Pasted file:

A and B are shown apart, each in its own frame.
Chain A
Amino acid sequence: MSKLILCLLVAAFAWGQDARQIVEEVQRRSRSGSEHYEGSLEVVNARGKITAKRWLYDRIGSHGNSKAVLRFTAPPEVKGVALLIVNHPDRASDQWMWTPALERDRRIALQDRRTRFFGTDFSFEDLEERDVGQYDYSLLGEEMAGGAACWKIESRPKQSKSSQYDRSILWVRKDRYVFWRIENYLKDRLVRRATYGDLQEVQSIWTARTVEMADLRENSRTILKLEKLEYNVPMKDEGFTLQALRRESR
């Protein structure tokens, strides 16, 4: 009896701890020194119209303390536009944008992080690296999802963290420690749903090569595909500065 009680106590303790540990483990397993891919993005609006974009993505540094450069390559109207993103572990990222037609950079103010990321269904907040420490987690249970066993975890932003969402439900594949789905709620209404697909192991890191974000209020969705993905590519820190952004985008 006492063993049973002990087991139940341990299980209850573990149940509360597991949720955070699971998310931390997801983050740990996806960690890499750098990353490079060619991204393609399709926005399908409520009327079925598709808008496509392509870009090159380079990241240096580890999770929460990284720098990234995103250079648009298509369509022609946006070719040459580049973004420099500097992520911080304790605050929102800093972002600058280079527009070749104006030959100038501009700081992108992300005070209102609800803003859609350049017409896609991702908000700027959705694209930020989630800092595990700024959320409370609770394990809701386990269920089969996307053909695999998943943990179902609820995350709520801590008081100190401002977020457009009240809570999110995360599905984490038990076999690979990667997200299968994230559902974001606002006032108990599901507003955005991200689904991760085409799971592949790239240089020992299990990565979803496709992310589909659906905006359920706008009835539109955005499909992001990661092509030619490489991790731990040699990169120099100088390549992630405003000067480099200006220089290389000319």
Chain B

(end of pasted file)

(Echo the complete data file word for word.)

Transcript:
A and B are shown apart, each in its own frame.
Chain A
Amino acid sequence: MSKLILCLLVAAFAWGQDARQIVEEVQRRSRSGSEHYEGSLEVVNARGKITAKRWLYDRIGSHGNSKAVLRFTAPPEVKGVALLIVNHPDRASDQWMWTPALERDRRIALQDRRTRFFGTDFSFEDLEERDVGQYDYSLLGEEMAGGAACWKIESRPKQSKSSQYDRSILWVRKDRYVFWRIENYLKDRLVRRATYGDLQEVQSIWTARTVEMADLRENSRTILKLEKLEYNVPMKDEGFTLQALRRESR
């Protein structure tokens, strides 16, 4: 009896701890020194119209303390536009944008992080690296999802963290420690749903090569595909500065 009680106590303790540990483990397993891919993005609006974009993505540094450069390559109207993103572990990222037609950079103010990321269904907040420490987690249970066993975890932003969402439900594949789905709620209404697909192991890191974000209020969705993905590519820190952004985008 006492063993049973002990087991139940341990299980209850573990149940509360597991949720955070699971998310931390997801983050740990996806960690890499750098990353490079060619991204393609399709926005399908409520009327079925598709808008496509392509870009090159380079990241240096580890999770929460990284720098990234995103250079648009298509369509022609946006070719040459580049973004420099500097992520911080304790605050929102800093972002600058280079527009070749104006030959100038501009700081992108992300005070209102609800803003859609350049017409896609991702908000700027959705694209930020989630800092595990700024959320409370609770394990809701386990269920089969996307053909695999998943943990179902609820995350709520801590008081100190401002977020457009009240809570999110995360599905984490038990076999690979990667997200299968994230559902974001606002006032108990599901507003955005991200689904991760085409799971592949790239240089020992299990990565979803496709992310589909659906905006359920706008009835539109955005499909992001990661092509030619490489991790731990040699990169120099100088390549992630405003000067480099200006220089290389000319």
Chain B